But the Mr Clean facade is a sham. Behind it hides an ideology that can be loosely compared with German neo-nazi thought: exaggerated nationalism, a leadership cult and the conviction that their own race is superior. There are similarities even in their perceived enemies: the German and Turkish far-right is united in its hatred of Jews and homosexuals. Even the dream of a great empire (reich) exists among the Grey Wolves: it is to be called “Turan” and stretch from Central Asia to the Balkans.

Hate-filled propaganda on the internet

On the internet the Turkish far-right shows its true face. In Videos, chats and blogs Kurds, Jews and other “enemies” are the targets of hate-filled and sometimes highly aggressive propaganda, as a study by the NRW Agency for the Protection of the Constitution shows. In particular, portals like Youtube and Facebook are used in a targeted way. On Facebook there are various group pages, which, however, can only be accessed on a member’s recommendation.

Symbols of the movement are the wolf figure and three white half-moons. The “Grey Wolf” is a figure from the pre-islamic origin myths of the Turkish tribe.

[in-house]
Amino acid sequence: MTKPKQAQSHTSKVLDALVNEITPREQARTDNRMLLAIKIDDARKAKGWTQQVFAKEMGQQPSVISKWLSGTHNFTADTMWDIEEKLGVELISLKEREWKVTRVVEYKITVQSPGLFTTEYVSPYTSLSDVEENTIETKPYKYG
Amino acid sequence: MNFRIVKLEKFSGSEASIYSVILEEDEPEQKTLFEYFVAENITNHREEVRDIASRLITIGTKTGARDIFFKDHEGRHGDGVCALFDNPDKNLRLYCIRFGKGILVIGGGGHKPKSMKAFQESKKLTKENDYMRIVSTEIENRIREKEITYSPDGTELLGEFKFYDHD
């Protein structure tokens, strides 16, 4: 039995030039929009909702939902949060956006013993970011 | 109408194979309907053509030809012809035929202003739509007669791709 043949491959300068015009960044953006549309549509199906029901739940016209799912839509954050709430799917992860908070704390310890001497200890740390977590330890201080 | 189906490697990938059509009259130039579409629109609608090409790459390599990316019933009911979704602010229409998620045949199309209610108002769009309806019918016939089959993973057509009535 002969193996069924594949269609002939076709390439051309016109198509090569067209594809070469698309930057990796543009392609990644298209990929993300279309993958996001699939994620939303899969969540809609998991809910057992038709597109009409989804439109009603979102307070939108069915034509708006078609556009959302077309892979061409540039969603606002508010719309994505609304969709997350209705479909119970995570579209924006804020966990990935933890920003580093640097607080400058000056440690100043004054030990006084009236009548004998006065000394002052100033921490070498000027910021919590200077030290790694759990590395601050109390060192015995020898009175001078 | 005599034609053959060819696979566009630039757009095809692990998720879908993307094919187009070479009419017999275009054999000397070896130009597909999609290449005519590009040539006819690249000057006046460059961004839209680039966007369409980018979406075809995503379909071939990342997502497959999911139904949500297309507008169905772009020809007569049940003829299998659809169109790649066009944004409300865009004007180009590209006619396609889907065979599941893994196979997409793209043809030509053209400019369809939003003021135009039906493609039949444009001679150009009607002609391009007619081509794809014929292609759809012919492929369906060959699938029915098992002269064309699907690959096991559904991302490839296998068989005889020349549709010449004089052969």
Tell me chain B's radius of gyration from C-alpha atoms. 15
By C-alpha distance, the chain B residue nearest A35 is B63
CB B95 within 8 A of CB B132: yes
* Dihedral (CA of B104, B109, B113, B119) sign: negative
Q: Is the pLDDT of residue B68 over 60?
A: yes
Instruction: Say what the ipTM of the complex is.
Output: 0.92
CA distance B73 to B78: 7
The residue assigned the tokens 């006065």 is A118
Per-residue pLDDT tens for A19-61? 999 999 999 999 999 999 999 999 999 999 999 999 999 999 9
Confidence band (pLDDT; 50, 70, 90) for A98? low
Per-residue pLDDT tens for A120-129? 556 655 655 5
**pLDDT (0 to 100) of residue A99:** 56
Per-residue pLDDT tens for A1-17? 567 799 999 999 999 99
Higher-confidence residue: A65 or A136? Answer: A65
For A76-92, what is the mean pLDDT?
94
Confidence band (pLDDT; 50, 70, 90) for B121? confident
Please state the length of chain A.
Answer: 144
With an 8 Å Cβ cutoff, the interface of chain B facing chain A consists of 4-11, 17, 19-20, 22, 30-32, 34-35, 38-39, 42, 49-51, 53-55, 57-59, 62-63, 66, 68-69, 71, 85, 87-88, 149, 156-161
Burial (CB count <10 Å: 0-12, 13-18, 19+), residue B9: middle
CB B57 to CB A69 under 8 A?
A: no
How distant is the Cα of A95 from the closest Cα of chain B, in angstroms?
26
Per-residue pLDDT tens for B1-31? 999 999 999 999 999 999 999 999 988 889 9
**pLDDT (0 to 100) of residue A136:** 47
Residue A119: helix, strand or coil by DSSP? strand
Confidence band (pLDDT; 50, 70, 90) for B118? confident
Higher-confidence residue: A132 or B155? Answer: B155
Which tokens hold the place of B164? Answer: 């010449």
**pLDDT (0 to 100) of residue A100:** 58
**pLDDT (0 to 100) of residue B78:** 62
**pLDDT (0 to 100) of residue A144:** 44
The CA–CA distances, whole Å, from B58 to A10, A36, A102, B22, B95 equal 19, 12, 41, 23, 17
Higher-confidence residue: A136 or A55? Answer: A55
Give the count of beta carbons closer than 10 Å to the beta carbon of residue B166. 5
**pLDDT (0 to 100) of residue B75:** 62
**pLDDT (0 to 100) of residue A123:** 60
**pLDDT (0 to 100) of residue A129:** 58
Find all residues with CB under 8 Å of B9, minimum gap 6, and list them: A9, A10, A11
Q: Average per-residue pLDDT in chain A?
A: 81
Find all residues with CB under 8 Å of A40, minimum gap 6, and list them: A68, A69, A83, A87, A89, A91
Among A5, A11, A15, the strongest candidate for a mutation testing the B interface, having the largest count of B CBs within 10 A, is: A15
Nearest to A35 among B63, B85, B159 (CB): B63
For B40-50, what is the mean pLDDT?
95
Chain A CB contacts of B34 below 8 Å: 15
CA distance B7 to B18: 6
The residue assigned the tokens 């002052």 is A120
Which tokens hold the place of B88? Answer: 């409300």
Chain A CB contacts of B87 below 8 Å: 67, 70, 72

The young people also place many of their own videos on the net. In these they present themselves “as ‘hard men’, who will defend Turkey, if necessary with their lives,” write the agents for the Protection of the Constitution. “The voice of the underground, I’m also called the Grey Wolf. (...) We are as strong as 1000 volts. You want to fight me? You have made a mistake! And for the six in maths I gave my teacher a slap. (...) If you insult my country I will give you a deathblow,” raps a rather fierce voice, while in the background images of Turkish soldiers, flags and other national symbols pass by.

“Problem underestimated”

The verdict of the NRW Agency for Protection of the Constitution: “From this it is clear that, not least through the internet, an Ülkücü youth culture has been created. This youth scene appears to be radicalising further.” Many young people also first come into contact with the ideology of the Grey Wolves via the internet, says Bozay. They then carry this body of thought into clubs and schools. In recent years, teachers had complained recurrently of serious confrontations with ideologically-indoctrinated young people.

But even the adult world is not immune from the Grey Wolves. Warnings are constantly being issued about radical Turks slipping into established German parties. In NRW the German-Turkish forum of the CDU [the mainstream right-wing party in Germany] and, in places, also the SPD [mainstream left-wing party in Germany] have been infiltrated by members of the Grey Wolves, says Yüksel. “They have also succeeded, to a significant extent, in infiltrating the integration councils.”

Due to lack of knowledge, in many parts of German society, the problem is entirely underestimated, says Yüksel. Even in youth work and schools there are no plans to effectively counter the influence of the Grey Wolves, confirms Bozay. “If thousands of Turkish right-wing extremists meet up in the Essen Grugahalle, we’re not worried about it,” says Yüksel. “But if 100 NPD [German far-right party] members stage a march, we immediately organise a counter-demo.”